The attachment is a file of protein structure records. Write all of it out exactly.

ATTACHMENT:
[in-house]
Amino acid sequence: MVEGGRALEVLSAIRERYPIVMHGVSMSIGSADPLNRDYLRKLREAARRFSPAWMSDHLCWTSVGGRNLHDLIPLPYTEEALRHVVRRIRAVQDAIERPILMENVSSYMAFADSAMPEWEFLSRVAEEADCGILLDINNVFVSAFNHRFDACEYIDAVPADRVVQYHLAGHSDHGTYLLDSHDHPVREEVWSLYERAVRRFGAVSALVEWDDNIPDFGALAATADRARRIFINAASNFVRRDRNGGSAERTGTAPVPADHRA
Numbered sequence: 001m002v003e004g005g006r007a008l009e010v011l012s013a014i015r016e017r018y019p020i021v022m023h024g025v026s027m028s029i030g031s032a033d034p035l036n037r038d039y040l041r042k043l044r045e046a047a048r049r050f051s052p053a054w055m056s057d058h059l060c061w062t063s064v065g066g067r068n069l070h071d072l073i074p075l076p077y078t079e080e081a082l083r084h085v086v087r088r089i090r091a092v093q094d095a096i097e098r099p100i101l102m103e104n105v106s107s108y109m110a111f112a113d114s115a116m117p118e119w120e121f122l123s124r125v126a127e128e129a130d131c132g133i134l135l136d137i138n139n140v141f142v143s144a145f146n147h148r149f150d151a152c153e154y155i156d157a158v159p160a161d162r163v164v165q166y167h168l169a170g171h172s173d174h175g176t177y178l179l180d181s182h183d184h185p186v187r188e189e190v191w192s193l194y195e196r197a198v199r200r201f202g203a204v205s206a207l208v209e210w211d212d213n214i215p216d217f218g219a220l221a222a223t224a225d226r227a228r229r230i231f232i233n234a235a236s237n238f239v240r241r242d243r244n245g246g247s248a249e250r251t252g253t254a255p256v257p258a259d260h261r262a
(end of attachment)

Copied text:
[in-house]
Amino acid sequence: MVEGGRALEVLSAIRERYPIVMHGVSMSIGSADPLNRDYLRKLREAARRFSPAWMSDHLCWTSVGGRNLHDLIPLPYTEEALRHVVRRIRAVQDAIERPILMENVSSYMAFADSAMPEWEFLSRVAEEADCGILLDINNVFVSAFNHRFDACEYIDAVPADRVVQYHLAGHSDHGTYLLDSHDHPVREEVWSLYERAVRRFGAVSALVEWDDNIPDFGALAATADRARRIFINAASNFVRRDRNGGSAERTGTAPVPADHRA
Numbered sequence: 001m002v003e004g005g006r007a008l009e010v011l012s013a014i015r016e017r018y019p020i021v022m023h024g025v026s027m028s029i030g031s032a033d034p035l036n037r038d039y040l041r042k043l044r045e046a047a048r049r050f051s052p053a054w055m056s057d058h059l060c061w062t063s064v065g066g067r068n069l070h071d072l073i074p075l076p077y078t079e080e081a082l083r084h085v086v087r088r089i090r091a092v093q094d095a096i097e098r099p100i101l102m103e104n105v106s107s108y109m110a111f112a113d114s115a116m117p118e119w120e121f122l123s124r125v126a127e128e129a130d131c132g133i134l135l136d137i138n139n140v141f142v143s144a145f146n147h148r149f150d151a152c153e154y155i156d157a158v159p160a161d162r163v164v165q166y167h168l169a170g171h172s173d174h175g176t177y178l179l180d181s182h183d184h185p186v187r188e189e190v191w192s193l194y195e196r197a198v199r200r201f202g203a204v205s206a207l208v209e210w211d212d213n214i215p216d217f218g219a220l221a222a223t224a225d226r227a228r229r230i231f232i233n234a235a236s237n238f239v240r241r242d243r244n245g246g247s248a249e250r251t252g253t254a255p256v257p258a259d260h261r262a